9News gave GOP's Wadhams, but no Democrats, platform to react to Moore film

››› ››› MEDIA MATTERS STAFF

A 9News report about the Michael Moore film Sicko featured comments from Colorado Republican Party chairman Dick Wadhams but did not provide any Democratic response for balance. 9News reported that Moore's film proposes "a state-run health care system," then noted that Wadhams said such a system "is not the solution." An article on the station's website similarly omitted any Democratic response.

In a June 24 report about Michael Moore's Denver stop to promote his film Sicko, KUSA 9News reporter Adam Chodak interviewed Colorado Republican Party chairman Dick Wadhams, who said the health care reform policy proposed in the film would be "one big monstrosity." However, 9News offered no response to Moore's proposal from any Colorado lawmaker or Democratic Party official.

Chodak reported that Moore is proposing "a state-run health care system," then introduced Wadhams by stating that while Wadhams says "there is a problem, a state-run system is not the solution":

CHODAK: In Sicko he claims that America needs a state-run health care system, similar to the one found in Canada and England.

[...]

WADHAMS: There's no doubt that the health care system needs to be improved.

CHODAK: Dick Wadhams is the Colorado State Republican chairman. He says while there is a problem, a state-run system is not the solution.

WADHAMS: It would be one big monstrosity that would be terribly inefficient and that would reduce -- result in rationing of health care.

Similarly, 9News' website reported that Moore is proposing "a single-payer health care system" like the one in Canada, but stated that Wadhams "does not agree" and noted his assertion that Moore's proposal "is not the solution":

Moore suggests a single-payer health care system, which would essentially create a state-run system that would provide universal coverage. He points to Canada as a good example of such a system.

[...]

Colorado State Republican Chairman Dick Wadhams has not seen the movie yet, but does not agree with its conclusion. He says a state-run system is not the solution.

"It would be a big monstrosity that would be terribly inefficient and would result in rationing of health care," Wadhams said.

"Sicko" opened in New York City Friday. It is being released nationally this coming Friday.

The online article, like the report aired June 24, failed to provide a response to Moore's proposal from any Democratic Party official or Colorado lawmaker.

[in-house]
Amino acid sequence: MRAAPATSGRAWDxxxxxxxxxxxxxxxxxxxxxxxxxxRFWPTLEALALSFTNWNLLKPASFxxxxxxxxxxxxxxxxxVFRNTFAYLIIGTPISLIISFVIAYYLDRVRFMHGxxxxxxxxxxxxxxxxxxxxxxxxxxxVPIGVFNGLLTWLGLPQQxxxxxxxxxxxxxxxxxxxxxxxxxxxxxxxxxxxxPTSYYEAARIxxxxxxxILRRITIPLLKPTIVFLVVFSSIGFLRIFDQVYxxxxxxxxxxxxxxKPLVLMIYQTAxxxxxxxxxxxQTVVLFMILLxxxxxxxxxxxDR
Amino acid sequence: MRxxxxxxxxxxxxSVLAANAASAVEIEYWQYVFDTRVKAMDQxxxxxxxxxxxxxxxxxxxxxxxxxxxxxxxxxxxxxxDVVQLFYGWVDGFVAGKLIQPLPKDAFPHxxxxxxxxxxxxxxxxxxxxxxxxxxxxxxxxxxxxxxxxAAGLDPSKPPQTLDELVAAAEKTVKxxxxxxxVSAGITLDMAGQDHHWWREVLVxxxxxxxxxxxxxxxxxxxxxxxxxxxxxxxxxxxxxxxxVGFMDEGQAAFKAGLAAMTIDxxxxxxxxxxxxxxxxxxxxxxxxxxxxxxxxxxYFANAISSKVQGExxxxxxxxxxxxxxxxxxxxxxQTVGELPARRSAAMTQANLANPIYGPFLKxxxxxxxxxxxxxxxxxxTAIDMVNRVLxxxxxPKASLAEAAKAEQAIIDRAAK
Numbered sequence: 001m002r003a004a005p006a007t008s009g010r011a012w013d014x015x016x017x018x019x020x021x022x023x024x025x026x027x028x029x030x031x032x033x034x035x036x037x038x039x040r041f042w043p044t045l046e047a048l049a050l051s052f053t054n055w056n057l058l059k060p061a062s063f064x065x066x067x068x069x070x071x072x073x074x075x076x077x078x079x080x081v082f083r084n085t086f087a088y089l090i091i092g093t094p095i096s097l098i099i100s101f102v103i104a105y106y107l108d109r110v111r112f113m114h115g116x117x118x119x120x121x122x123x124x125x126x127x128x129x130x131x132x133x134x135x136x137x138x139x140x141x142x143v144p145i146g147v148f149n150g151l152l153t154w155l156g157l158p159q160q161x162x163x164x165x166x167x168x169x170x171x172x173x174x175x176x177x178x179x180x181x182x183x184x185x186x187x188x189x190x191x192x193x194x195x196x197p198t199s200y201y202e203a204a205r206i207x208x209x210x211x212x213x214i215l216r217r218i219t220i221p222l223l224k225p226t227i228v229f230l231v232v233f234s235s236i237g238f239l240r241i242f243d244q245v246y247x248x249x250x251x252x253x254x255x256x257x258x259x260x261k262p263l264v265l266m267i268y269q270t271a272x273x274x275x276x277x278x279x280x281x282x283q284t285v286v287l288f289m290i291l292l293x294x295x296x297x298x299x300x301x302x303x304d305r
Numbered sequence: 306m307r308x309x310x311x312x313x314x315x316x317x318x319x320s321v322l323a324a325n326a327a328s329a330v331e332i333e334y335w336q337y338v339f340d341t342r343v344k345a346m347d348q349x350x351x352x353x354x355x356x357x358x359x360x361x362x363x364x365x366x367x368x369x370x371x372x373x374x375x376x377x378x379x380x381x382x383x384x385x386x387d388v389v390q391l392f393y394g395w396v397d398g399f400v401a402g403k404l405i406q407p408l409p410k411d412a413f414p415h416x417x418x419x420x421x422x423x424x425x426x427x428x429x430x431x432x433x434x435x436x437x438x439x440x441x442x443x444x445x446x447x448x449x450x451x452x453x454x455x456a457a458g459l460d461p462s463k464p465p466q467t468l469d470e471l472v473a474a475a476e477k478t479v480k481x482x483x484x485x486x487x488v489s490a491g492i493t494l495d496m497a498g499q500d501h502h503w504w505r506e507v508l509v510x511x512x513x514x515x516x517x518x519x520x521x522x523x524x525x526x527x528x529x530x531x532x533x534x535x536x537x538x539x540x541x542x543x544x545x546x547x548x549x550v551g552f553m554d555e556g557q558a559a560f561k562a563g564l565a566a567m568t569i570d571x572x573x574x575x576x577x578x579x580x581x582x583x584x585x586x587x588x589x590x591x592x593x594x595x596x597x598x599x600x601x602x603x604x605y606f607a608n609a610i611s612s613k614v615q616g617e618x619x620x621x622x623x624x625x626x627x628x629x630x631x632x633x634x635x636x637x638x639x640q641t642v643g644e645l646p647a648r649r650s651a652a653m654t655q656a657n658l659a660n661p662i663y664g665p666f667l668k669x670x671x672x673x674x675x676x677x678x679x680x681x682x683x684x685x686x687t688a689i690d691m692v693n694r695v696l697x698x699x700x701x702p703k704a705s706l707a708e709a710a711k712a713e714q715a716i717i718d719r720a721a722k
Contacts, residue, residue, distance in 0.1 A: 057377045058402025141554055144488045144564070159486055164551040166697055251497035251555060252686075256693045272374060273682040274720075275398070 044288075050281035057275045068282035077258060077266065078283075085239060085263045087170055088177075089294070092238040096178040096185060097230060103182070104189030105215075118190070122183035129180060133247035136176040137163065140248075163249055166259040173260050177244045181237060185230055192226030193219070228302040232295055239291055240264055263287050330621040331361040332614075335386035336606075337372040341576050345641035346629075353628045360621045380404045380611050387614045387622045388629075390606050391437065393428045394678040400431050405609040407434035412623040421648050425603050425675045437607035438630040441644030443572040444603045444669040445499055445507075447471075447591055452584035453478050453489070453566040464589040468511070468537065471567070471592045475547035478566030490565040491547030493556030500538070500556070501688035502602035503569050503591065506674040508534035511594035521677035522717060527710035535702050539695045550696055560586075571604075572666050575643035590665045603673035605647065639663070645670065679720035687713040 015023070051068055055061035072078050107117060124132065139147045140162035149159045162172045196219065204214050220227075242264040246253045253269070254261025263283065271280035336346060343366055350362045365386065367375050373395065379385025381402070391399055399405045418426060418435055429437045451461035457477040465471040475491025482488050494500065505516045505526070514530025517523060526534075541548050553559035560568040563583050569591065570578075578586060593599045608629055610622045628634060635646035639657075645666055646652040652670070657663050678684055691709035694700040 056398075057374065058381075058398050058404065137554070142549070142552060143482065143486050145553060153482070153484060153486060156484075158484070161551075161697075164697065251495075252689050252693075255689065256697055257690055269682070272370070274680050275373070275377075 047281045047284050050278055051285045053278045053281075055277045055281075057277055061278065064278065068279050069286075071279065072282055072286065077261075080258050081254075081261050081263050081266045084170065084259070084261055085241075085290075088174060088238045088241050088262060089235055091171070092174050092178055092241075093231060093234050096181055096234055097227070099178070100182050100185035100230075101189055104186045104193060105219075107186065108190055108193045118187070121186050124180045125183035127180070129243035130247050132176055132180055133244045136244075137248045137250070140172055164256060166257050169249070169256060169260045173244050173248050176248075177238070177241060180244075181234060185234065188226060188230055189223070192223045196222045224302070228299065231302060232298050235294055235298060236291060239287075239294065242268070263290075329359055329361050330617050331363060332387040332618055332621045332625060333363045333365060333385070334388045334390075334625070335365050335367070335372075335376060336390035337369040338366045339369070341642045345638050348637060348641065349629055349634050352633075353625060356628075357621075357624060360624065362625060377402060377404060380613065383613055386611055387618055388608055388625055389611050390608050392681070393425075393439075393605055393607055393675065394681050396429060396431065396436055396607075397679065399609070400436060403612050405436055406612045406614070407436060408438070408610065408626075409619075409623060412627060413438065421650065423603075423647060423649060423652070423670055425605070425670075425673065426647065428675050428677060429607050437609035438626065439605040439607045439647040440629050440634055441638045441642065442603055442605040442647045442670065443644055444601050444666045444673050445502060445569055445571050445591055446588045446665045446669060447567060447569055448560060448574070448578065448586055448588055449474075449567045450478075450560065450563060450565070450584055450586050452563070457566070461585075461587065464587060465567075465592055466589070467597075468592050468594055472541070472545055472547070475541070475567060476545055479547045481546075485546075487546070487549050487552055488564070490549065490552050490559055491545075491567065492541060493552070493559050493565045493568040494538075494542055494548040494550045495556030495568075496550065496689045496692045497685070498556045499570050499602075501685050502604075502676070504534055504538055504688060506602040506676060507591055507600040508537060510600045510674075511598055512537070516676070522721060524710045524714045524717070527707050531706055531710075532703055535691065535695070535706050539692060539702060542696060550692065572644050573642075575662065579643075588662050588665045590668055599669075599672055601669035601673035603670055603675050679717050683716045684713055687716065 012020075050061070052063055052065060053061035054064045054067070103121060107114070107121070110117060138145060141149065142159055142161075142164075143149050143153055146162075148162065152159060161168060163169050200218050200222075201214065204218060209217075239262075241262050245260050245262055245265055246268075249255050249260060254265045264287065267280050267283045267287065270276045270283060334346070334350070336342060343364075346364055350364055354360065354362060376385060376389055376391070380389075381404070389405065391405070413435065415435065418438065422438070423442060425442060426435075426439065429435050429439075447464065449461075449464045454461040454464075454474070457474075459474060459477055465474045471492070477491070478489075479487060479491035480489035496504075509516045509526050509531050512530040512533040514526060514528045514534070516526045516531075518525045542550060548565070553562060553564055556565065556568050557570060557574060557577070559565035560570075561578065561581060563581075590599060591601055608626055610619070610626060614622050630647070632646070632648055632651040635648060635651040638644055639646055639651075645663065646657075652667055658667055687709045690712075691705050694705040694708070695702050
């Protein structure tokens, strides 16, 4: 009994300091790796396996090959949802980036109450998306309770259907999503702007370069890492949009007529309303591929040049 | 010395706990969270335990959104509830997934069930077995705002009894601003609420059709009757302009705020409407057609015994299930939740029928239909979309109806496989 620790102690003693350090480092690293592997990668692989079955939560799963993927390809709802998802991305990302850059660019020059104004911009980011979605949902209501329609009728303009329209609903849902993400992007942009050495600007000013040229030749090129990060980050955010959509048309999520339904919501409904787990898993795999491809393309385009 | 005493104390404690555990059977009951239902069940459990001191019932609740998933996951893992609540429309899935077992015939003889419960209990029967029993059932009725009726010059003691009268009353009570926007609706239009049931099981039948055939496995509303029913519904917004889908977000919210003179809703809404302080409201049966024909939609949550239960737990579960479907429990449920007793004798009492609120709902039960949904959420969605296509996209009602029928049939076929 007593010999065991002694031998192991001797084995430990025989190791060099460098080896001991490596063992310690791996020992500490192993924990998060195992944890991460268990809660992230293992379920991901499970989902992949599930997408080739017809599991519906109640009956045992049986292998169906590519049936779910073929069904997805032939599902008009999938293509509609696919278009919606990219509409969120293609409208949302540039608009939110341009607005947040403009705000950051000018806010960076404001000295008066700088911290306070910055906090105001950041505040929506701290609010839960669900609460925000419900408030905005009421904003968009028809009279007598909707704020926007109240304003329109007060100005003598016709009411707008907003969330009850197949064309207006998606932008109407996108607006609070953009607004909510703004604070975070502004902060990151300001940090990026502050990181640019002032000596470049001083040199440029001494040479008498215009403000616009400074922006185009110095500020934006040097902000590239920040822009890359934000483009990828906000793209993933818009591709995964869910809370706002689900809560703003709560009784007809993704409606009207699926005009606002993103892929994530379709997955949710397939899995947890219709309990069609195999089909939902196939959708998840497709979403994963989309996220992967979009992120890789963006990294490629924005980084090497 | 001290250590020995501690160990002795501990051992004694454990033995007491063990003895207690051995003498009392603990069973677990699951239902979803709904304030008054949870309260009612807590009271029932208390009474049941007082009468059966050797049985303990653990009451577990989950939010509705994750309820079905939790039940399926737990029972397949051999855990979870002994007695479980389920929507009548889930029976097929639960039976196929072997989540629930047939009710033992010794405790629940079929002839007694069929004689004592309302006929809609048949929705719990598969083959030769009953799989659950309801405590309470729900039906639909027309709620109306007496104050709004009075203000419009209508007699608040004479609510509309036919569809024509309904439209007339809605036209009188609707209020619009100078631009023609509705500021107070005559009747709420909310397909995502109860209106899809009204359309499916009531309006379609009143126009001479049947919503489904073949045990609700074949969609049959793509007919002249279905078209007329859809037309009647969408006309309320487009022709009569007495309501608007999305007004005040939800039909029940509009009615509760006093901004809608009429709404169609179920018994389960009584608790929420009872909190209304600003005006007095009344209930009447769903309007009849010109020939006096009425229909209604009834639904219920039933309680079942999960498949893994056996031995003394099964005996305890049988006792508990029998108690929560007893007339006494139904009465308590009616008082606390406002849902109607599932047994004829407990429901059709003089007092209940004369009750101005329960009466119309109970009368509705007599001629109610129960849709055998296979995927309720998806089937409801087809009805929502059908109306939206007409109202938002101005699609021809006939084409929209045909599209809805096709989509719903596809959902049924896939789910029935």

From the June 24 broadcast of KUSA's 9News at 10 p.m.:

CARRIE MCCLURE (co-anchor): The filmmaker who made Bowling for Columbine and Fahrenheit 9/11 made a stop in Denver this morning, or evening, rather. He was here to talk about his new movie, Sicko, which lashes out at the American health care system. 9News reporter Adam Chodak was at that rally Moore spoke at today and joins us in the newsroom with more. Adam?

CHODAK: Well, Carrie, hundreds showed up for this rally; it took place on the west steps of the Capitol. The rally was tied to the early screenings of Sicko that took place across the country this weekend, including Denver. Moore was certainly the keynote speaker, but not far behind was an Aurora woman who actually appears in Moore's new film.

[begin video clip]

DONNA SMITH: My name is Donna Smith. I'm from Aurora, Colorado.

CHODAK: Donna Smith felt the need to introduce herself to the crowd. Not many people know her. But that's about to change.

SMITH: I'm one of the few Americans featured in Michael Moore's new movie, Sicko. And I'm --

CHODAK: Featured because several years back, Donna and her husband, Larry, were hit by medical problems that quickly turned into medical bills.

SMITH: So we were just being buried alive by all of the costs.

LARRY SMITH: We just could no longer make it.

DONNA SMITH: And I have to introduce Michael, so I figured I'd better be short and sweet. My Sicko commander in chief.

CHODAK: Sunday she took great pleasure in introducing a man she says is standing up to the system that left her bankrupt. Michael Moore's new movie, Sicko, attacks the health care system.

MOORE: The system that is set up to be cruel to those who are the have-nots.

MOORE [in movie clip]: This is Rick.

CHODAK: Like in his other movies, Moore uses personal stories to drive home his point.

MOORE [in movie clip]: He sawed off the tops of two of his fingers.

CHODAK: In Sicko he claims that America needs a state-run health care system, similar to the one found in Canada and England.

MOORE [in movie clip]: Instead of money going into the cashier's window, money comes out.

WADHAMS: There's no doubt that the health care system needs to be improved.

CHODAK: Dick Wadhams is the Colorado State Republican chairman. He says while there is a problem, a state-run system is not the solution.

WADHAMS: It would be one big monstrosity that would be terribly inefficient and that would reduce -- result in rationing of health care.

MAN ON THE STREET: So, you're the one in the movie?

SMITH: I am.

CHODAK: A debate is exactly what Donna and her husband want. A national discussion that may produce a national movement.

SMITH: The system has got to be fixed.

We've changed our commenting system to Disqus.
Instructions for signing up and claiming your comment history are located here.
Updated rules for commenting are here.